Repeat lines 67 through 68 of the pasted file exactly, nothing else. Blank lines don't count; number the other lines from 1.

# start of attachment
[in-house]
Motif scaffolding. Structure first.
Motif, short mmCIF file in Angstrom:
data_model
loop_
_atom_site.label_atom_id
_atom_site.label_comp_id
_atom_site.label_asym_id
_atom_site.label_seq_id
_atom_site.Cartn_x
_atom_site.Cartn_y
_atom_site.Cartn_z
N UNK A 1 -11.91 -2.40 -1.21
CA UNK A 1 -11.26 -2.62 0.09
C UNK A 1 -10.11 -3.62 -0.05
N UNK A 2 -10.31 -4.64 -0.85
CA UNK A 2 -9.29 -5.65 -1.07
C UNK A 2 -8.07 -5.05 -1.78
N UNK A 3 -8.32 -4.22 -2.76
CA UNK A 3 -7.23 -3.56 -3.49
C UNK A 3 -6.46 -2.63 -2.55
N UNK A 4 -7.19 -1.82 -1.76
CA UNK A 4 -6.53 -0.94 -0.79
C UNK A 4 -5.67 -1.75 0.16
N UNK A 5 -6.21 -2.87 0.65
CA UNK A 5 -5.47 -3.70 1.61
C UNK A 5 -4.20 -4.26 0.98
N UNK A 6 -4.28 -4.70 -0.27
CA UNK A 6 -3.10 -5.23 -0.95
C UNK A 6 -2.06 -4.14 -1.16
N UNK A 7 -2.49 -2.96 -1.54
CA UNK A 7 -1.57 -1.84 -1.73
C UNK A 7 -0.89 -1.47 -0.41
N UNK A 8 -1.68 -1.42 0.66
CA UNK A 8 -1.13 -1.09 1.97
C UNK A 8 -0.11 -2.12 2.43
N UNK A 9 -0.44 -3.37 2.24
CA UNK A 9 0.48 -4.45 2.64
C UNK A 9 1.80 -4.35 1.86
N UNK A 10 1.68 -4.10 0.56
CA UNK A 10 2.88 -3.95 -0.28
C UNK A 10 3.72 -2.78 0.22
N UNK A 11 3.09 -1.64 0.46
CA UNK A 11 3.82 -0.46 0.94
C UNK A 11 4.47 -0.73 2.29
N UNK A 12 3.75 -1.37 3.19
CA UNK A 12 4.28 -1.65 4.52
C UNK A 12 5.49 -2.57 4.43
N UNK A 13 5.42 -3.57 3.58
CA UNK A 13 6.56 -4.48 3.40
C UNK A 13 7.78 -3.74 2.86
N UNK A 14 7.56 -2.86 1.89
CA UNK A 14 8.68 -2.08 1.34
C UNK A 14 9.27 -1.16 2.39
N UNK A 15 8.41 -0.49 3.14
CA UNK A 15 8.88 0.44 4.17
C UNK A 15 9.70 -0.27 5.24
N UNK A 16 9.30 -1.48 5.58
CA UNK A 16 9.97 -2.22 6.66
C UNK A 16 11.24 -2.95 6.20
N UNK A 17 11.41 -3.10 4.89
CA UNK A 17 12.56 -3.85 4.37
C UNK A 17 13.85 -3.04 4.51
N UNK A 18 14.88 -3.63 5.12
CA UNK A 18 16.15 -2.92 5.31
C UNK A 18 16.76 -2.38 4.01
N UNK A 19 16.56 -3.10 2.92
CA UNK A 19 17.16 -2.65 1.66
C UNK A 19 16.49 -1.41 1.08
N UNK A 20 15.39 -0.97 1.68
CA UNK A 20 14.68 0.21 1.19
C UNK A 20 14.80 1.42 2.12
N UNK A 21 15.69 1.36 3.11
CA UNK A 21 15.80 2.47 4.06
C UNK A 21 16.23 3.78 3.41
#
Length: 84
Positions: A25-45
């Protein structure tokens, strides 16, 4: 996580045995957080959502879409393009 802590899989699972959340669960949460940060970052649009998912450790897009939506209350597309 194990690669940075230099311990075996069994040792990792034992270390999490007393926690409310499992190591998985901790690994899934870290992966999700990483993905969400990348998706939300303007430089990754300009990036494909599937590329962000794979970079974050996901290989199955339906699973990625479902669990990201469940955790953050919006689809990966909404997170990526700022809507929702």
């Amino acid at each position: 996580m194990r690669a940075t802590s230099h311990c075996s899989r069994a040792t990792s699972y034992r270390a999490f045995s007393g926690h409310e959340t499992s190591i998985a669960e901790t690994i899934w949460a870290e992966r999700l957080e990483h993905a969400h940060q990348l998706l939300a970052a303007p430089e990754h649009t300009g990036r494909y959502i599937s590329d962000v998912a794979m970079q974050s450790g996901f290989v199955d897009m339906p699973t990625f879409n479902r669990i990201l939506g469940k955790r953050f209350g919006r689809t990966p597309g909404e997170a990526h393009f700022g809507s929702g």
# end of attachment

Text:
N UNK A 19 16.56 -3.10 2.92
CA UNK A 19 17.16 -2.65 1.66